Recently I was doing a little ethnographic research and decided to re read the first part of Ales Hrdlicka's book, The Anthropology of Kodiak Island, published in 1944. At the beginning of his book he has a section where he summarizes everything in the early Russian accounts about various aspects of Alutiiq life. At the time Hrdlicka wrote his book most of these accounts had not been translated. And I have always been impressed with both the completeness of the section and that he translated all of them himself.
Anyway, Hrdlicka has a TERRIBLE (and well deserved) reputation among contemporary archaeologists. He is the guy who during the 1920s and 30s went around Alaska digging into old sites looking for human skulls which he took back to the Smithsonian in Washington, DC. He was principally a physical anthropologist, and as such he measured the skulls and came up with various theories about the peopling of the New World. In Alaska due in a large part to Hrdlicka's activities people still often associate archaeologists with 'grave robbing' and 'collecting skulls'. As you can see from the photo above (he is the guy on the right) his archaeological excavation techniques were a little crude to say the least.
Because of his reputation I think contemporary anthropologists tend to discount everything he ever wrote or said. So it was with a bit of shock that while reading his introduction to the book I found myself agreeing with his ideas. I mean he is basically the 'Adolph Hitler' of Alaskan Archaeology so how could he be right about anything? But, perhaps, sometimes it is best to give credit where credit is due. Or, put another way, maybe it is better not to throw out the baby with the diaper.
The paragraph below where he summarizes his main discoveries particularly struck me. Basically, his 3 main points about the peopling of the New World; 1) that there were numerous migrations by different races over a long time period, 2) that the migrations were not confined to foot traffic across solid land, and 3) that an interior route down to the lower 48 would have been pretty inhospitable compared to a far easier coastal migration - are all valid today. When I was in graduate school 20 years ago we were taught that basically there was one migration of peoples following big game animals across the Bering Land Bridge and down through the 'Ice Free Corridor' to the 'Lower 48', and this happened shortly before 12,000 or so years ago. DNA and linguistic work and the discovery of far older sites, and even underwater sites along the coastline have demonstrated this theory is not valid.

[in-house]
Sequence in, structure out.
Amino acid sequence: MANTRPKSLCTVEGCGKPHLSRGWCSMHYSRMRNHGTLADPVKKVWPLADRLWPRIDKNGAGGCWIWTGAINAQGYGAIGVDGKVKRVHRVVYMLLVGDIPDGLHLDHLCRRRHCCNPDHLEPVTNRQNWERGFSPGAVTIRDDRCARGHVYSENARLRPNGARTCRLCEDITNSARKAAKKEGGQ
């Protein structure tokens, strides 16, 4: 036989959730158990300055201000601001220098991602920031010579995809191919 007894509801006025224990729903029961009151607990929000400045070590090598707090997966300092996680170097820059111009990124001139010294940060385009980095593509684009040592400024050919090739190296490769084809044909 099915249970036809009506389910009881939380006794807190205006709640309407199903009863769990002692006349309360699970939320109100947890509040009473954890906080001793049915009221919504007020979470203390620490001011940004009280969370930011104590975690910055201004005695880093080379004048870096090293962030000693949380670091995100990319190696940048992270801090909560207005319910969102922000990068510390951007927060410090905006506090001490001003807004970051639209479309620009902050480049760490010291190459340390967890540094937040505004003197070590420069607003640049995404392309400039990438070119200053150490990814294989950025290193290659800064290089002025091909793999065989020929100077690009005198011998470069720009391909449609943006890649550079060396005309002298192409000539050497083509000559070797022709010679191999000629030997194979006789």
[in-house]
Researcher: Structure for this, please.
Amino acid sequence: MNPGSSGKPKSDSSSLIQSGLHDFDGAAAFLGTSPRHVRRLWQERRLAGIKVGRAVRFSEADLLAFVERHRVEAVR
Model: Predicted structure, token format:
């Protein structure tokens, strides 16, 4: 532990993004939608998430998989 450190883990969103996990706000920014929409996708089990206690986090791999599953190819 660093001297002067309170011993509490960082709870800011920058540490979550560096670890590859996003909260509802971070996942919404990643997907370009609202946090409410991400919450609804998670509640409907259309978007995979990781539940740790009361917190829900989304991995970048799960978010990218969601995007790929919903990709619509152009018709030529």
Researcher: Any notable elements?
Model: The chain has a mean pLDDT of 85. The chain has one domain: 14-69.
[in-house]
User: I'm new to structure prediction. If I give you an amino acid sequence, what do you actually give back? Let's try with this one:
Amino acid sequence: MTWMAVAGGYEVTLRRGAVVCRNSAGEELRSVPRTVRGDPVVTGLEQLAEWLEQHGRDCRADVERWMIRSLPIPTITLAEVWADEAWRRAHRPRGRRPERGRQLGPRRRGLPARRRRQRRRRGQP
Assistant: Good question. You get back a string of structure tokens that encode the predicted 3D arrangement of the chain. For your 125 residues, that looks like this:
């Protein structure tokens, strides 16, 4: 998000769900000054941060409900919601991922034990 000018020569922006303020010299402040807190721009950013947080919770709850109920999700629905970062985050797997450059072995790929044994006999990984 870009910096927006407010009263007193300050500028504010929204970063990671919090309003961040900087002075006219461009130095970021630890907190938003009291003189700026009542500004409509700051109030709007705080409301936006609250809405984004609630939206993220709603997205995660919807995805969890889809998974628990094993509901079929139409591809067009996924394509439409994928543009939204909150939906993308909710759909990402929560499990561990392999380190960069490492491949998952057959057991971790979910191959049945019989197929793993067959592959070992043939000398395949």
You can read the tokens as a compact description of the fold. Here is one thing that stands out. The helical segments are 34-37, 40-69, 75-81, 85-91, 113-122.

Basically, what Hrdlicka wrote 60 years ago, and long discounted afterwards, appears to be spot on afterall!
Below is what Hrdlicka wrote:
As the survey itself progressed from year to year, a number of realizations became more and more established. The main conclusions were, in brief, that there could not have taken place any one large migration from Asia to America, but only repeated dribblings of different units, extending over several thousands of years and bringing inevitably with them even then a variety of languages and physical types; that these small contingents did not need a land or even an ice bridge but could easily reach Alaska over water, even in their smallest skin boats; that as long as the road to the south, “towards the sun,” was free they were under no necessity of establishing any permanent settlements in the north; and that the direction of least resistance and better prospects, two of the main laws that control all human migratory movements, was not through the difficult and largely in-hospitable Alaskan mainland, but along the much easier coasts southward. (Hrdlicka 1944:pp.1-2)